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I'm Mark van Roojen, a professor of philosophy at the University of Nebraska - Lincoln. I mainly teach and publish in the areas of ethics, metaethics and political philosophy. Here is a very quick overview of the things I work on.
Most of my publications have been on metaethics. Most of you reading this will already know what that is. For those who don't, I can help a little bit. Metaethics is a reasonably abstract subfield of ethicshaving to do with issues surrounding the nature of moral judgements and properties. Sometimes these issues are pursued by arguing for views about the nature of the subject matter but sometimes philosophers also pursue these issues by giving an account of what it is to have a view about ethics. That's probably not all that helpful. There is a nice annotated bibliography of metaethics at Jimmy Lenman's website here.
My own work in metaethics has focused especially on the connections between moral judgements and reasons and motivations for acting as these judgements commend. I'm pretty taken by the idea that it is important that moral judgements can justify and provide reasons for action and also that these reasons are the sorts of things that must be able to motivate those to whom they apply. I've also written a fair number of papers on noncognitivism for someone who is not a noncognitivist. In particular, the Frege-Geach problem poses a challenge for such views that has interested me. As I think of it that problem is about providing a compositional semantics for all ordinary moral constructions that makes sense of how we use them and of their logical connections to one another. The issue gets pretty technical. A bit of work related to this that is supposed to be more accessible to a general audience is an entry in the Stanford Encyclopedia of Philosophy, Non-cognitivism. It was originally posted in January of 2004 and revised more recently. As with many narratives, the first version of the entry was a bit more unified than the current version which was revised in light of recent developments. If I were writing it from scratch today it might wind up with a different emphasis and structure because of this. But it is not a bad intro to the subject matter.
Normative Ethics and Political Philosophy
I also have interests in Normative Ethics and Political Philosophy. With respect to normative ethical theory I am quite interested in the debates between consequentialists and non-consequentialists and in particular in the best ways to defend non-consequentialism. My paper on satisficing and maximizing that is in the Michael Byron volume by Cambridge University Press ( pdf here) summarized at abstracts page is probably the best example of my work on such issues. I can't claim to be up on all of political philosophy, but I find it pretty interesting and I teach it fairly regularly. I am most interested in issues of distributive justice, though I am also trying to get a handle on democratic theory.I have a paper I've been working for some time that argues that a Rawlsian Conception of Justice according to which the smallest representative share of social goods should be as great as possible is in fact required by the proper understanding of our prima facie duty not to harm other people. A version of that is now out in Acta Analytica, but I have a longer version of it that can be downloaded from the abstracts page linked below.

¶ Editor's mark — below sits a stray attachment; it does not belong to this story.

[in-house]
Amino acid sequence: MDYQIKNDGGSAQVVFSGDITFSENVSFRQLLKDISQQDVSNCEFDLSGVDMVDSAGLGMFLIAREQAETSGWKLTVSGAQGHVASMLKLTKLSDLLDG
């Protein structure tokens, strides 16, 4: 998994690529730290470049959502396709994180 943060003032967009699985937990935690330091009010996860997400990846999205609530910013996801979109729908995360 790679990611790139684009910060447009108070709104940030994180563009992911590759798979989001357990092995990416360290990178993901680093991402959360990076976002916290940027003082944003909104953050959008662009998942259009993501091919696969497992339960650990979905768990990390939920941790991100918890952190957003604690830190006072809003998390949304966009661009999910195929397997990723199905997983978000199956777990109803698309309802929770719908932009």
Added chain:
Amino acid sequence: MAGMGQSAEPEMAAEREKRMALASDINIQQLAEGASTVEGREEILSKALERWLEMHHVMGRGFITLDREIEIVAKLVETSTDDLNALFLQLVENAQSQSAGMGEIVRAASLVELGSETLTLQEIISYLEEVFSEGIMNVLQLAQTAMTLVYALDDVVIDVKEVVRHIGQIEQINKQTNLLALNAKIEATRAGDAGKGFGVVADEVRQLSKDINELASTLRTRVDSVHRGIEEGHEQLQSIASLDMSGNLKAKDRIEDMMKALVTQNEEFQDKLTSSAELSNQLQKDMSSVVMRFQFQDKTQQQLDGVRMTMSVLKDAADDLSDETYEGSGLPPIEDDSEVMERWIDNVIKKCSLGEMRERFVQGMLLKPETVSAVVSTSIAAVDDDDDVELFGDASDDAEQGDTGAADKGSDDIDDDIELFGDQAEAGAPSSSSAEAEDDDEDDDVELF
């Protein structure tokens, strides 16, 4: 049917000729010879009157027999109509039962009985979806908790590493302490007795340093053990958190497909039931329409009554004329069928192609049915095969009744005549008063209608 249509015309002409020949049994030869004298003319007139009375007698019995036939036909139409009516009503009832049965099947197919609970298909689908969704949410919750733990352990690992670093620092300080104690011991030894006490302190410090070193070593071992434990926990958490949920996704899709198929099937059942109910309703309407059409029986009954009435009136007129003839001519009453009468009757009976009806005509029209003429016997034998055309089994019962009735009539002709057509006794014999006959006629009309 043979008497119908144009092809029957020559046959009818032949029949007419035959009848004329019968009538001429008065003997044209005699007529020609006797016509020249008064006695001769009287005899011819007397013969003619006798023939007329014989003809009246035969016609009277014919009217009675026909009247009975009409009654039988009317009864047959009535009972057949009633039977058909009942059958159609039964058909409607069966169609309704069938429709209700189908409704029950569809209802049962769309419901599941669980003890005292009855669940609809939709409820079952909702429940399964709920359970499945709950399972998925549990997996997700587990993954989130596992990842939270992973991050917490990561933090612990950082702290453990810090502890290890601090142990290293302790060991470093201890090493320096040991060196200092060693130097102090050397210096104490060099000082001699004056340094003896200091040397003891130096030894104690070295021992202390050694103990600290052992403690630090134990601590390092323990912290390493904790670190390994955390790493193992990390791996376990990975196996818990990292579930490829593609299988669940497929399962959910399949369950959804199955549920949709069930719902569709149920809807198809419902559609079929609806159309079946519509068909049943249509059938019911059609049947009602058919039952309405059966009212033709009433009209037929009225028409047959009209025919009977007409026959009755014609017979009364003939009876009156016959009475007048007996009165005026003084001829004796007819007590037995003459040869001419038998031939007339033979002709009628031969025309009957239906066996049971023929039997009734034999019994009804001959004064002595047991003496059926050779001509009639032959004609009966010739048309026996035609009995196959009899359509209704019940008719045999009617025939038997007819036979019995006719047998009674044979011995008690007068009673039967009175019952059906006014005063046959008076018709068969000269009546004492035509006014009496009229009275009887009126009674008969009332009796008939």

Getting Access to My Published WorkIf you are interested in any of this, you can check out a page with abstracts of my published work along with links to pdfs of most of the articles I've completed and published so far. There are a couple of more things I should be adding soon.
As for my more recent stuff, I have a paper on moral rationalism and rational amoralism (copy here) that I've been working on for many years in the April 2010 issue of Ethics. It is about the ways in which a moral rationalist account of ethics can handle the idea that rational people may act immorally or amorally. One of the things I like about it is some discussion of the interaction between Frege's Puzzle and Internalism about moral judgements. That paper became the topic of an on line discussion sponsered by the Journal Ethics and the blog Pea Soup. You can find that discussion here. I mean to continue developing the ideas in this paper over the next several years.
And I have some less finished work. Some of it was presented at RoME conferences in Colorado. One is on practical conditionals and the other is on moral intuitionism and empirical debunking arguments. I'll be working on that second one over this coming summer and Fall for a forthcoming volume on Intuitions that should be forthcoming at OUP. You can find PDFs of some version or other of these papers on my As Yet Unpublished Papers page for your reading pleasure.
I've got a couple of other things in the works that aren't yet where I want to make them public even as drafts (I'm insecure). I'll add info about those as I become happier with them.
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